•      Allows for particular exceptions for patients unable to meet goals


4. Rowe JW. Pay-for-Performance and Accountability: Related Themes in Improving Health Care. Annals of
       Internal Medicine. 145;9:695-9. Nov. 7 2006.
Personal interviews Sept 2005: Shah, W. South London Family Practice, England, & Gillis, J. Scotland FP.
                 How is P4P done overseas?
               New Zealand’s Regional Systems

        National healthcare implemented by regions

        Notable differences between systems:
     •     Heterogeneous system of grant-style quality improvement
           initiatives

     •     Adjusts performance goals for aboriginal status of patient
           population

     •     Allows for particular exceptions for patients unable to meet
           goals


Personal interviews Sept 2005: Townsend, T. New Zealand Family Practice
               How is P4P done overseas?
          Australia’s Practice Incentives Program

        National program
        Notable differences between systems:
     •      Includes access measures

     •      Uses a tiered system of bonuses

     •      Average immunization bonus per practice in 2006 was $997.84

     •      Goal adjustments for age and gender mix. No exceptions


5. http://www.medicareaustralia.gov.au/providers/incentives
Email cor. 4/07: Michelle Sweidan, Pharmaceutical Decision Support, National Prescribing Service Ltd.
                   How is P4P done in
              the United States of America?

       Over 100 individual programs with a national
        program about to launch.

       Notable differences between systems:
    •     Public reporting of data increasing in popularity

    •     Focus on all or nothing “Grand Slam” measures

    •     Private insurance corporations determine their
          measures

    •     Typically no goal adjustments or patient exceptions
              A Word About the Evidence
      Over the past year, there has been an
       explosion of data demonstrating the
       intermediate level success of P4P
       programs.18,19
      Public reporting of data appears to have an
       additive effect on improvement in outcomes.20

18. Rosenthal MB, Frank RG, Li Z, Epstein AM. Early experience with pay-for-performance: from concept
       to practice. JAMA 2005;294:1788–1792.
19. Petersen L, Woodard L, Urech T, Daw C, Sookanan S. Does Pay-for-Performance Improve the Quality
       of Health Care? Annals of Internal Medicine 2006;145(4):265-272
20. Rowe JW. Pay-for-performance and accountability: related themes in improving health care. Annals of
       Internal Medicine. 145(9):695-9, 2006 Nov 7.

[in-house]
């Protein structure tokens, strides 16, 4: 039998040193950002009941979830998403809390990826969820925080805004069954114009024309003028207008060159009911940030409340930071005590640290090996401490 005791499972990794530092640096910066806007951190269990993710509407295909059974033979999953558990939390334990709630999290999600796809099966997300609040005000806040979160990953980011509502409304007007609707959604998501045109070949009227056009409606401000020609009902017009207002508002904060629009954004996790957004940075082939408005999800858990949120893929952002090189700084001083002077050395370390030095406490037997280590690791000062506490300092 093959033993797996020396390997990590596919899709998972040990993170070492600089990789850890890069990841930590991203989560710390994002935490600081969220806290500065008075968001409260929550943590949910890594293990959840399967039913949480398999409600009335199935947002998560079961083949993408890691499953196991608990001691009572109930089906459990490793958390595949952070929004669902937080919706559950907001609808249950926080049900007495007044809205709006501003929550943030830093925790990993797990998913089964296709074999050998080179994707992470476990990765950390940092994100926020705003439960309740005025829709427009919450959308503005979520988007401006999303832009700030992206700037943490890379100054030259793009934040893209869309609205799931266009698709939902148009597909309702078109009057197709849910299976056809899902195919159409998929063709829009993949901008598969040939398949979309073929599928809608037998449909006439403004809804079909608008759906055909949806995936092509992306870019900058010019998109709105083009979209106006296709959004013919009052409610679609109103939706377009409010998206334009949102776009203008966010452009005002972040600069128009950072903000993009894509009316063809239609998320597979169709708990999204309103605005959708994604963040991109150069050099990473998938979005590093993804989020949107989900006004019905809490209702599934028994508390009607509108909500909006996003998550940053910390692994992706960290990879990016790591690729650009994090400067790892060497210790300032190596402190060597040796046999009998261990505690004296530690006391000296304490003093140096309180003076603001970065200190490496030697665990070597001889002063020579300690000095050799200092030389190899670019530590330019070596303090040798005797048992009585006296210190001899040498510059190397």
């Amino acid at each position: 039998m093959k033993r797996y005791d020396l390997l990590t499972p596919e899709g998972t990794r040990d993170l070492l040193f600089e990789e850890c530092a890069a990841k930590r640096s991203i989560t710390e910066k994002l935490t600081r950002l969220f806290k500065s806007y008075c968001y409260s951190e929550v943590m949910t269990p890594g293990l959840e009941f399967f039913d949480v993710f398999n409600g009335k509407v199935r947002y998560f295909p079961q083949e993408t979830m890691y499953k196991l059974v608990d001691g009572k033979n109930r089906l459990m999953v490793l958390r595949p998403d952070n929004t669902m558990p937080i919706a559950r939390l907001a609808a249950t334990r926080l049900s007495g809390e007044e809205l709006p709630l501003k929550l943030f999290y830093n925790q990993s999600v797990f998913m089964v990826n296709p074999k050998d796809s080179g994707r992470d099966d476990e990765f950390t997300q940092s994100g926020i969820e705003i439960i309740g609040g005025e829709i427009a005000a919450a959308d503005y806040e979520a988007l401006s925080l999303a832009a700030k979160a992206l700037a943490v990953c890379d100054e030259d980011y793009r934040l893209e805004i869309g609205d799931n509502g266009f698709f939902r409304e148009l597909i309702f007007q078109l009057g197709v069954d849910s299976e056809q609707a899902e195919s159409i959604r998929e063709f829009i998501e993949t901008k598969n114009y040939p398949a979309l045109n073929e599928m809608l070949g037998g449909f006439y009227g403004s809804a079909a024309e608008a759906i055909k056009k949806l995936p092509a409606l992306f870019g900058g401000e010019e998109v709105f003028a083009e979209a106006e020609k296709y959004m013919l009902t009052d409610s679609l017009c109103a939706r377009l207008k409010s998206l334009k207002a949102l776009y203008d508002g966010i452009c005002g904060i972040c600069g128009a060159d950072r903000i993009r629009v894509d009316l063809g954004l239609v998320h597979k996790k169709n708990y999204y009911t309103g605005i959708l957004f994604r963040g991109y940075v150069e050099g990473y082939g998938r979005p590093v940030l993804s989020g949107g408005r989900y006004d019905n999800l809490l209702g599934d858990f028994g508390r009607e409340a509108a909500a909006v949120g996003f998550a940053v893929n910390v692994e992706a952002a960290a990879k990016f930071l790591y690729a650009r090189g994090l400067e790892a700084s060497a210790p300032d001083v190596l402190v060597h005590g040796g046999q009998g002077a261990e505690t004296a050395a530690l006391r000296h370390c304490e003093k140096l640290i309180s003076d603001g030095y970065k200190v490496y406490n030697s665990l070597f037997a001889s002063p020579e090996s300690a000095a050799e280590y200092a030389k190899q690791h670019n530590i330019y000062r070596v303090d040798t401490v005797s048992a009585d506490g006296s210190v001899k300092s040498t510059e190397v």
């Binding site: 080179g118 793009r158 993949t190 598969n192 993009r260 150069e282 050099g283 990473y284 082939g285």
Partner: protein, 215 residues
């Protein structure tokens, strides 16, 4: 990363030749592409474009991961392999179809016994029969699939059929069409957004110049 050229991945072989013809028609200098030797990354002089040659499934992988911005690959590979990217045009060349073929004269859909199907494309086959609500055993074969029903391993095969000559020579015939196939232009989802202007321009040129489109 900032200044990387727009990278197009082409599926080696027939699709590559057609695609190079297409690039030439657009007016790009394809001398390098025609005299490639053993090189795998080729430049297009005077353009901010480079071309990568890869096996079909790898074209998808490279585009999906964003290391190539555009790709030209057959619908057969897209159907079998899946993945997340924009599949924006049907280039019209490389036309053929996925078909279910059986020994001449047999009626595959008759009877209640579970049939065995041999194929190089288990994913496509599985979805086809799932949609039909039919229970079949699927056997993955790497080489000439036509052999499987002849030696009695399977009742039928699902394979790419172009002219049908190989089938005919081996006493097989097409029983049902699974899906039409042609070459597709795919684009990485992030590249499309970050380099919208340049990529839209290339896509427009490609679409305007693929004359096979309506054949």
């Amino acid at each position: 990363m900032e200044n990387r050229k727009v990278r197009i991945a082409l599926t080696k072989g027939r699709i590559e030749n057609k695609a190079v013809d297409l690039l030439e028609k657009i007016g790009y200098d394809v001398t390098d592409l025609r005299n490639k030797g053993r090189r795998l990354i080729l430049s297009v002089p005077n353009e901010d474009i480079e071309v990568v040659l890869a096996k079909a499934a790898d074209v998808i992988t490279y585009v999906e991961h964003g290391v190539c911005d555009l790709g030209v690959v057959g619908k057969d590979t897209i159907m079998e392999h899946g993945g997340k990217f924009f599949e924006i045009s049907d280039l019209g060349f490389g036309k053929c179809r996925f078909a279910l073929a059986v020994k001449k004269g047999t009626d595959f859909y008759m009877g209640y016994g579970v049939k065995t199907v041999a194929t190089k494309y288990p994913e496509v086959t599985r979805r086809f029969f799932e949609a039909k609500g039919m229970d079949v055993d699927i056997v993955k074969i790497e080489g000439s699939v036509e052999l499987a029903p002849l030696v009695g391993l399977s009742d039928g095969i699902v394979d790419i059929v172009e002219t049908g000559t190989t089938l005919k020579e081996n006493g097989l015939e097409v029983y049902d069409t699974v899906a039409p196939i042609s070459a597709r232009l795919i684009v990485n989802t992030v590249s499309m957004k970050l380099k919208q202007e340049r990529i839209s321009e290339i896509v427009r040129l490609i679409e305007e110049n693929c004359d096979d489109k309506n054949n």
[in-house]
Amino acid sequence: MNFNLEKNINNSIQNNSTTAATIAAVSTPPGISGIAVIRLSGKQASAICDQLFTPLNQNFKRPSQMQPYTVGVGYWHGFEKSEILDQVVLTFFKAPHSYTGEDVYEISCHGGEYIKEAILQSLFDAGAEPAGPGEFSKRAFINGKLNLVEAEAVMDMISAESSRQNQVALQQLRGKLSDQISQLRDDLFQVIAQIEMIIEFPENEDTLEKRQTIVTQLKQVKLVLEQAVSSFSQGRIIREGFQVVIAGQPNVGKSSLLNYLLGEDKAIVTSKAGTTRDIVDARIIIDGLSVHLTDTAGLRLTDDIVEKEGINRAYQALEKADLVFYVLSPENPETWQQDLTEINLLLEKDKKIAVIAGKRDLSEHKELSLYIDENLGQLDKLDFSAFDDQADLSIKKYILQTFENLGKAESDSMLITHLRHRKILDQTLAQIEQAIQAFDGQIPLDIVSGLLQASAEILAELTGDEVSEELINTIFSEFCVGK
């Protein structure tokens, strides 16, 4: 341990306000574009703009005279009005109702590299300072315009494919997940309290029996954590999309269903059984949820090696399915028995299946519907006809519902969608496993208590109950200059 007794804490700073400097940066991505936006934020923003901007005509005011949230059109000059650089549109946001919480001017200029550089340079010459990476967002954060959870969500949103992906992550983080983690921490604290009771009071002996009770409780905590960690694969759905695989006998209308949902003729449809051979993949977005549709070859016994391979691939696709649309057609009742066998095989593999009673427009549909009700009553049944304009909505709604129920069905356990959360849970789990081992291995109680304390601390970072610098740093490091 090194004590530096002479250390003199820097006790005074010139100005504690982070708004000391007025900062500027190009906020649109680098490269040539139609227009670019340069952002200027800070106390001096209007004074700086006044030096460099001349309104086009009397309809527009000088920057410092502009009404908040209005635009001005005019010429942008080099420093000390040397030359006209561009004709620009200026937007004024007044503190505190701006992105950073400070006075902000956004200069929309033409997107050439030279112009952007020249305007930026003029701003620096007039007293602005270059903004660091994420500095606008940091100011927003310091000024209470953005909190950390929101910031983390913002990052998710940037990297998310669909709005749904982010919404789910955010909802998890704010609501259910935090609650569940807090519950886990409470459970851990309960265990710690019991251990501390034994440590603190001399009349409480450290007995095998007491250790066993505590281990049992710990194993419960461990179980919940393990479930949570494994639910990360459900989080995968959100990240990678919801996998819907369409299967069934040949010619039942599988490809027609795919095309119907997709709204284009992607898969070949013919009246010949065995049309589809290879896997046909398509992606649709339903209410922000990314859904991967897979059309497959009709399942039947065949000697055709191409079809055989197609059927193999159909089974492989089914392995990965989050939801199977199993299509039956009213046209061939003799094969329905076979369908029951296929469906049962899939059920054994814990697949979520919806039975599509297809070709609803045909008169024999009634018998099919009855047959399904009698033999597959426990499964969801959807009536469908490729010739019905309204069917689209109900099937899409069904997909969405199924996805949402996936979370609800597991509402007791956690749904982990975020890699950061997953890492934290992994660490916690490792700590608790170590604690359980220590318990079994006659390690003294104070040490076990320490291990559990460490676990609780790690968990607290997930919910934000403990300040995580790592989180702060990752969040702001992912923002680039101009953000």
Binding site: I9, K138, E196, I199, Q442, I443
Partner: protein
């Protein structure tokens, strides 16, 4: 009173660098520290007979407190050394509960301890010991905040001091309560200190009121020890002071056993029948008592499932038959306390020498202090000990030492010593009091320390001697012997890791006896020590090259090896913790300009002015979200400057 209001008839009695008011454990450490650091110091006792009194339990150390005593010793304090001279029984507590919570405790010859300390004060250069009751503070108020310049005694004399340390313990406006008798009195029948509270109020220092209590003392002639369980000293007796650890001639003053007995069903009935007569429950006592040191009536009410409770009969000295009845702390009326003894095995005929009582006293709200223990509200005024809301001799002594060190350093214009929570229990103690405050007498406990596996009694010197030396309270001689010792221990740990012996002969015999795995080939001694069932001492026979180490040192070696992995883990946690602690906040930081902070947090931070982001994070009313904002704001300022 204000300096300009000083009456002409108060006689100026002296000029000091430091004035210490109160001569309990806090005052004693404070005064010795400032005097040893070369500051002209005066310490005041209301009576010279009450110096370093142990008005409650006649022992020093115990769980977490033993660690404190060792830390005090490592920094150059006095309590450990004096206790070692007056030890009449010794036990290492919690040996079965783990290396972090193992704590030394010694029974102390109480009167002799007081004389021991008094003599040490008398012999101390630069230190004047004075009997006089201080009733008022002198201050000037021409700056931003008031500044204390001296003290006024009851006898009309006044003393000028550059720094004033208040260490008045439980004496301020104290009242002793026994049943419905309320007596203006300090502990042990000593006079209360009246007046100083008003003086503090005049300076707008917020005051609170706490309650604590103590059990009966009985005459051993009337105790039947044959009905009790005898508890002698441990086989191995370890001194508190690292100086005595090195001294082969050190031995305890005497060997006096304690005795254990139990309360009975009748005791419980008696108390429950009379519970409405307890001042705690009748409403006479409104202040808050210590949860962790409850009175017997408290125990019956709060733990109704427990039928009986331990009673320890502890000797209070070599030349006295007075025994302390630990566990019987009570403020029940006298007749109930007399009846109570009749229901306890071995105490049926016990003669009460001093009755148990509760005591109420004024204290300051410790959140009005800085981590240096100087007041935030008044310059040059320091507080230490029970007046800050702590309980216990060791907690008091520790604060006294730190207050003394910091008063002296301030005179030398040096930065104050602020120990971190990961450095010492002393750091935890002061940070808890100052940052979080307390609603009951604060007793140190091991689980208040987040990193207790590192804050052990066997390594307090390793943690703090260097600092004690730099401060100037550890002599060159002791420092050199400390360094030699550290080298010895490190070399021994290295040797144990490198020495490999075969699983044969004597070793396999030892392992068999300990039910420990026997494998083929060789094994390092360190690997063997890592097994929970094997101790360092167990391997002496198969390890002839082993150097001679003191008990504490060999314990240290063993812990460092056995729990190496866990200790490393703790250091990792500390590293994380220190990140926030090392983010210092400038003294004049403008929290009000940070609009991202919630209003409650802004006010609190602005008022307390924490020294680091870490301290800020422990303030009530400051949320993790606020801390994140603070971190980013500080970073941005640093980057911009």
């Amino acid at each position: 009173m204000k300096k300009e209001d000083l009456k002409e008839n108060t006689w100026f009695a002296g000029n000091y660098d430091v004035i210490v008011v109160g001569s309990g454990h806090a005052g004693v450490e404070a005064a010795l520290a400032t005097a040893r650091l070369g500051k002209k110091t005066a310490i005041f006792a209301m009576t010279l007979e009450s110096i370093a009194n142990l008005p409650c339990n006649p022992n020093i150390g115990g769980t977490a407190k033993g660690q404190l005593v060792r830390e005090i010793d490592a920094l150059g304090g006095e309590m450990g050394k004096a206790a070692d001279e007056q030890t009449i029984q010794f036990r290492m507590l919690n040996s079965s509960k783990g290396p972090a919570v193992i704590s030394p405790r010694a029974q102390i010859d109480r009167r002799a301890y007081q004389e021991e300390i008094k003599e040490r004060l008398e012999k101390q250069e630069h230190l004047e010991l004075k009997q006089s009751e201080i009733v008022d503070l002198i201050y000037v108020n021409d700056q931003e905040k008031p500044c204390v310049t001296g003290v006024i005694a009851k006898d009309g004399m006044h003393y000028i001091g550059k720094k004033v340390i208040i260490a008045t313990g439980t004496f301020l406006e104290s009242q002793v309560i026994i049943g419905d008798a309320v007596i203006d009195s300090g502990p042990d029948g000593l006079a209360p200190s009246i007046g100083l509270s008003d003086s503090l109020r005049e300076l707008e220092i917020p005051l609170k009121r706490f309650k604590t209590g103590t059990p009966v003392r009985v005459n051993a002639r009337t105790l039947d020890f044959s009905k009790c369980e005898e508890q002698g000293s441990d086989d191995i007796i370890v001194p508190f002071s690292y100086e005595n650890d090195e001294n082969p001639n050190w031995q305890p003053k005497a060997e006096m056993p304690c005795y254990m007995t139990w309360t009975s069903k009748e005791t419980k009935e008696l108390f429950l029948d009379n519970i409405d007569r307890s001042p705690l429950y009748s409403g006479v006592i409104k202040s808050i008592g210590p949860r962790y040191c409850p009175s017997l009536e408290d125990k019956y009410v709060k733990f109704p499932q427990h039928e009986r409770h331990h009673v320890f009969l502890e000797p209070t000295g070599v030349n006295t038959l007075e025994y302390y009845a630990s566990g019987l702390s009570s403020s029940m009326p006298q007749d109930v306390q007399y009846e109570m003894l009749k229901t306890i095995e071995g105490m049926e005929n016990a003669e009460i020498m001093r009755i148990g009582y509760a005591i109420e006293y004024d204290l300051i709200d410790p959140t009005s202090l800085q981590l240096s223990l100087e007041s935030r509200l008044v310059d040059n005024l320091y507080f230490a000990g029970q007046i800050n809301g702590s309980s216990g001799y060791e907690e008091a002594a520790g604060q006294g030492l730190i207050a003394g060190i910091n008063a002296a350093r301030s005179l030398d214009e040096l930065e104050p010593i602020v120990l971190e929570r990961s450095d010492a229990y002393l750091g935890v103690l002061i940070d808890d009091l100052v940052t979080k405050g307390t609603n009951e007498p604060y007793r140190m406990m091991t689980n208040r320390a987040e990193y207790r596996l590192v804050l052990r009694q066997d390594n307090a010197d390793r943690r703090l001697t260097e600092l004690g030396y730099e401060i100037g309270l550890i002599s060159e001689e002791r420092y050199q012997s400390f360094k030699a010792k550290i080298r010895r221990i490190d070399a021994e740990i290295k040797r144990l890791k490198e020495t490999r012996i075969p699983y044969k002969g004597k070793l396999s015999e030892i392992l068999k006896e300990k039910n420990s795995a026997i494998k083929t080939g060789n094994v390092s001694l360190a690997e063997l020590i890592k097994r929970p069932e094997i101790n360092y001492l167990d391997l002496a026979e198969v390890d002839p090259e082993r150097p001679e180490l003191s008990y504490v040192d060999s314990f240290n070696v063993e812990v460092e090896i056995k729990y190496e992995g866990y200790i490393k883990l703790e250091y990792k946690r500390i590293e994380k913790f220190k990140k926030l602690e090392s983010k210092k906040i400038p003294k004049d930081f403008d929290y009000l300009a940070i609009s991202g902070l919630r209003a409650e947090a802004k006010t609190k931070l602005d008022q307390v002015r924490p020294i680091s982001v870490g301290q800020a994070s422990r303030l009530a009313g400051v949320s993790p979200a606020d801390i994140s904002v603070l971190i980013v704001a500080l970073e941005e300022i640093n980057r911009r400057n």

A Word About the Evidence

      More clinically significant hospital-based
       outcomes such as death from pneumonia,
       CHF, and MI have not been clearly
       demonstrated.21
      There remains little data addressing the
       potential adverse effects of P4P.22,19

21. Werner RM, Bradlow ET. Relationship between Medicare’s hospital compare performance measures
       and mortality rates. JAMA. 296(22):2694-2702, 2006 Dec 13.
22. Rosenthal MB. Dudley RA. Pay-for-performance: will the latest payment trend improve care? JAMA.
       297(7):740-4, 2007 Feb 21.
19. Petersen L, Woodard L, Urech T, Daw C, Sookanan S. Does Pay-for-Performance Improve the Quality
       of Health Care? Annals of Internal Medicine 2006;145(4):265-272
               Conclusions

 P4P in the United States is heterogeneous.

 Physicians may follow guidelines under P4P.

 P4P can improve intermediate level
  outcomes.

 It is unclear whether P4P will improve overall
  morbidity and all cause mortality.
                Conclusions

 There will be costs for the success of P4P.

 Demonstrating the adverse effects of P4P is
  more difficult than demonstrating its positive
  effects.

 Stay tuned.
               Starter References

1.   Outcomes-Based Compensation: Pay-For-Performance Design
     Principles, 4th Annual Disease Management Outcomes Summit,
     Johns Hopkins / American Healthways, Nov. 2004.

2.   American Academy of Family Physicians (AAFP) P4P Guidelines.
     http://www.aafp.org/x30307.xml?printxml Accessed 8/29/2005.

3.   Petersen L, Woodard L, Urech T, Daw C, Sookanan S. Does Pay-
     for-Performance Improve the Quality of Health Care? Annals of
     Internal Medicine 2006;145(4):265-272

4.   Rosenthal MB. Dudley RA. Pay-for-performance: will the latest
     payment trend improve care? JAMA. 297(7):740-4, 2007 Feb 21.